To return to “specialist”, is Wilson trying to make some kind of joke? For a sophomoric play on words, you would surely need to bring in a “general” to balance the “specialist”. There’s one available, Gen. Janis Karpinski, who was in command of all prisons in Iraq until she was demoted to colonel for not preventing the abuses at Abu Ghraib. Of course, mentioning her would rather wreck the point about higher-ups being promoted. So what is the point of the quotation marks around “specialist”? Has life in academia inclined Wilson to add “sneer quotes” (note the illustrative punctuation) even where they are inappropriate and inane, or can someone come up with a better explanation of what they are supposed to mean here?
As most of my readers already know, Christopher Hitchens organized a demonstration of support in front of the Danish Embassy in Washington at noon today. I wish I could have been there, waving a block of Danish Esrom (like Havarti, but more pungent, and better). InstaPundit reports that Bill Kristol, Andrew Sullivan, and roughly 200 other people turned out, and provides pictures. I was glad to see on some site or other that at least one of the scholars at the Center for Hellenic Studies, right next door to the embassy, came out and joined the demonstration.
What I find disappointing, though not surprising, is who didn’t show up. Whitehaven Street is only a block long. (I’ve been there many times.) The most famous residents are Bill and Hillary Clinton. I have never been able to determine which of the eight or ten houses on the street is theirs: the Secret Service does a good job of keeping the number off the web, and their own selves invisible. But it does look a lot like the one in InstaPundit’s first picture. Here’s a picture of the Clinton house last fall for comparison: the porch roof is a different shape, but the rest is a close match, and they have been doing a lot of remodeling. It’s possible that the dumptruck in InstaPundit’s second picture belongs to a Clinton contractor. Even if the Clinton house is not the one in the picture, it can’t be more than a block away.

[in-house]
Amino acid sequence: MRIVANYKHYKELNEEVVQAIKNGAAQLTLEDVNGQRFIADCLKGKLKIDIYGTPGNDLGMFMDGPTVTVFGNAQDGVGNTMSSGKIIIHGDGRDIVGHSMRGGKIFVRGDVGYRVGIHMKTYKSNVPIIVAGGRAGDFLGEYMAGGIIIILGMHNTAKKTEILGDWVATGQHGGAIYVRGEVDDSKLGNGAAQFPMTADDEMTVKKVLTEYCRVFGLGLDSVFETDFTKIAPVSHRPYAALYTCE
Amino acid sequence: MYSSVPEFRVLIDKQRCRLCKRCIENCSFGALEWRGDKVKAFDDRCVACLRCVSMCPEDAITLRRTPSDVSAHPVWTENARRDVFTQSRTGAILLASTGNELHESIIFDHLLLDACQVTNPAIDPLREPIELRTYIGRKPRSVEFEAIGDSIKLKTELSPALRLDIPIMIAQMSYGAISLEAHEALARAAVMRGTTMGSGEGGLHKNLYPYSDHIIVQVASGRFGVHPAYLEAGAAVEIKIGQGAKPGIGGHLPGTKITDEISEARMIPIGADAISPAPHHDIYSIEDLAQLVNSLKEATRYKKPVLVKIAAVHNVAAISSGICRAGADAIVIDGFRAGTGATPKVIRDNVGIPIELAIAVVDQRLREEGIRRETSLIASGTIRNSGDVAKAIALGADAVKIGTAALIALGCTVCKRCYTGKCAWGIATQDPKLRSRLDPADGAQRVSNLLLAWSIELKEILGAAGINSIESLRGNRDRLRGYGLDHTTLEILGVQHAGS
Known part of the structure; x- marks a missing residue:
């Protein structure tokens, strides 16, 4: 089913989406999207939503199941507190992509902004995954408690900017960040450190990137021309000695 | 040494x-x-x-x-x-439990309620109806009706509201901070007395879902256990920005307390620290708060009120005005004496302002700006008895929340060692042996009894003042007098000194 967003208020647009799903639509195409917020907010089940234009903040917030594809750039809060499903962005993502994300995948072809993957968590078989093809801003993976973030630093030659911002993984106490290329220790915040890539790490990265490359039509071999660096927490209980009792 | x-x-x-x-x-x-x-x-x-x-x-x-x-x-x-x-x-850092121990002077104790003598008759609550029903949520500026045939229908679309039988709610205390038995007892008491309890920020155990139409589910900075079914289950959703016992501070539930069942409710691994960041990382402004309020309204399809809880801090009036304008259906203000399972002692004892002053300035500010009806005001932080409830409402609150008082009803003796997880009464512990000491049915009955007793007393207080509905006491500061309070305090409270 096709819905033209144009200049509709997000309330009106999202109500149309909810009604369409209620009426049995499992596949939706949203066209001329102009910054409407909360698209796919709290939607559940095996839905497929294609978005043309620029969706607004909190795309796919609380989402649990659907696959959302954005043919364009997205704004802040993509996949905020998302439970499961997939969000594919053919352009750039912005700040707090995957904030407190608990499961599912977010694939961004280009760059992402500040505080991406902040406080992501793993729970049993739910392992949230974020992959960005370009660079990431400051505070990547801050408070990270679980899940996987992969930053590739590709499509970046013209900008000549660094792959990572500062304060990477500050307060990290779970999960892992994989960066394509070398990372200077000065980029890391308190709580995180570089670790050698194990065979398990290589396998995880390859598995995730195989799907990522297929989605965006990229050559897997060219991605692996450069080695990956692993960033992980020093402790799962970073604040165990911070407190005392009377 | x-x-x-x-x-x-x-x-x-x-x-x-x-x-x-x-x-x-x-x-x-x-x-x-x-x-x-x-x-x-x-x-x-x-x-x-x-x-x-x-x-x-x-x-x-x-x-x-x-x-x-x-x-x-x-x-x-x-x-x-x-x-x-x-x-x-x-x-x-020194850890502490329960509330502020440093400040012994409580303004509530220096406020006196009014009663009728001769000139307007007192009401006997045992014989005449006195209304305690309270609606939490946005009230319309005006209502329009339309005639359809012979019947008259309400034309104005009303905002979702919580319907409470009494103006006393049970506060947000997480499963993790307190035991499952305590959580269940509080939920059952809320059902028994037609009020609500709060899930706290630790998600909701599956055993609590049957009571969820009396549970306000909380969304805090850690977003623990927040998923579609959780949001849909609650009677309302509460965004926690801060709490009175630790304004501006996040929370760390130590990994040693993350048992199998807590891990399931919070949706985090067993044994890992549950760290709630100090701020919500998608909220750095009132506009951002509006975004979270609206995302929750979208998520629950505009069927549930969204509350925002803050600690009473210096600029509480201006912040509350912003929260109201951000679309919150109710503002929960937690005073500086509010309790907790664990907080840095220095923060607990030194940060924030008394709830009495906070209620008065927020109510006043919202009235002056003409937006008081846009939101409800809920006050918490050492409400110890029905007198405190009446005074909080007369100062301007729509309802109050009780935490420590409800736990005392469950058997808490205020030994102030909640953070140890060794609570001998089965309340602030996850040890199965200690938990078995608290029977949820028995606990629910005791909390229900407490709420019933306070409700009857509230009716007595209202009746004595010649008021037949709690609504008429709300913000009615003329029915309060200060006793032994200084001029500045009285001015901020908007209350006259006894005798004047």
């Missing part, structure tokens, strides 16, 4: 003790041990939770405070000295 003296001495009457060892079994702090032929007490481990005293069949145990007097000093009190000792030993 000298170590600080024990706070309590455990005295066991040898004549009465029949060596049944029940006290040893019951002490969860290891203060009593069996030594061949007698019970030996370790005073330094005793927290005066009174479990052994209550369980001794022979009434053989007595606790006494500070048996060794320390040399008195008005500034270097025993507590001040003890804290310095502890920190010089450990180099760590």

Hillary’s official website mentions that she was in town yesterday, interrogating “representatives from departments and agencies” for the Senate Armed Services Committee. I have been unable to determine whether Bill is in D.C., New York, Little Rock, or somewhere else. [See Update below.] Of course, she may have had unavoidable Senatorial duties to attend today, and he may be out of town, but perhaps someone should ask them at their next press conferences why they couldn’t, or wouldn’t, come to the demonstration.
To make my disappointment bipartisan, I should note that the grounds of the Naval Observatory nearly touch Whitehaven Street very near the Danish Embassy. It would have been nice if the Vice President or his wife or both had climbed their back fence and joined the demonstration. Of course, I didn’t even bother to try to find out whether Cheney’s undisclosed location of the day was at home. And I don’t think that members of the executive branch are quite so free as senators to express their opinions on international affairs without going through the State Department.
So, did anyone at the rally notice any Secret Service men hanging around? If so, were they Cheney men or Clinton men, or could you tell? VodkaPundit reports that there were only three D.C. cops at the rally.
Update: (2/25, 1:00am)
According to the second comment, Bill Clinton is in New Zealand. I’ll call that an excused absence.
Monday: February 20, 2006